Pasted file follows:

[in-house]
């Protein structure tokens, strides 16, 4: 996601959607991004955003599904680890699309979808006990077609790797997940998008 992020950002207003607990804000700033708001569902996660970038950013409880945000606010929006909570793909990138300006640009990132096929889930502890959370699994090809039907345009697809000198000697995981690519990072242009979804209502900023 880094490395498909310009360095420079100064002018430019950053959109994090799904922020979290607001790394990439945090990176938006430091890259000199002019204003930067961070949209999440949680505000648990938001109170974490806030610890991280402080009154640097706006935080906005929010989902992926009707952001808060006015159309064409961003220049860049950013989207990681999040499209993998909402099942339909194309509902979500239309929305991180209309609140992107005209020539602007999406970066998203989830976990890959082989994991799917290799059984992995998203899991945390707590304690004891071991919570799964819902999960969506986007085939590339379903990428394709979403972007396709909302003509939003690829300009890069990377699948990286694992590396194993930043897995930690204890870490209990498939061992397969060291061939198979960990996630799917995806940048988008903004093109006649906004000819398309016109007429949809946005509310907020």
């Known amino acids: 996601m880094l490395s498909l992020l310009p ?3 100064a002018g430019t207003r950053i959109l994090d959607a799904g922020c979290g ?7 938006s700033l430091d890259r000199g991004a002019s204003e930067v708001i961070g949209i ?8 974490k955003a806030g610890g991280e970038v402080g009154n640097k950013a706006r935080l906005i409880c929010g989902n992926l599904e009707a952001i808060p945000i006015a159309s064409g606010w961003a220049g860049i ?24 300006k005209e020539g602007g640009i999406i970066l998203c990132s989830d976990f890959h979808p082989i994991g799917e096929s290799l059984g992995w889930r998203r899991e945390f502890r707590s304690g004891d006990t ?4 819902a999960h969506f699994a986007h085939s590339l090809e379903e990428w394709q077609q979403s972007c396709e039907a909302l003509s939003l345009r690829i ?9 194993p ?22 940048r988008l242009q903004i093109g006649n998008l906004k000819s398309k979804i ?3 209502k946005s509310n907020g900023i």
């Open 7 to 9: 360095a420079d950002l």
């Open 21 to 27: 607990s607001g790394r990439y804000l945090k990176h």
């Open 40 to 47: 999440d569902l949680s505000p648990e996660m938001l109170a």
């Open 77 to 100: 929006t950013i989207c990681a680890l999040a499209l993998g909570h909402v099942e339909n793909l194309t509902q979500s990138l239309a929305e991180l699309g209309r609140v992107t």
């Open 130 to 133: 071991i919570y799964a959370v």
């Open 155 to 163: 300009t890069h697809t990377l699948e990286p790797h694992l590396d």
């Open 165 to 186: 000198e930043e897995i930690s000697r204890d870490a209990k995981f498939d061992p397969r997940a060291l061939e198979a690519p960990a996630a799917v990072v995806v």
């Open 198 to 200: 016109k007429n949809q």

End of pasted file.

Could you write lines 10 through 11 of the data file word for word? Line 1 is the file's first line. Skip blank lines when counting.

């Open 165 to 186: 000198e930043e897995i930690s000697r204890d870490a209990k995981f498939d061992p397969r997940a060291l061939e198979a690519p960990a996630a799917v990072v995806v």
């Open 198 to 200: 016109k007429n949809q």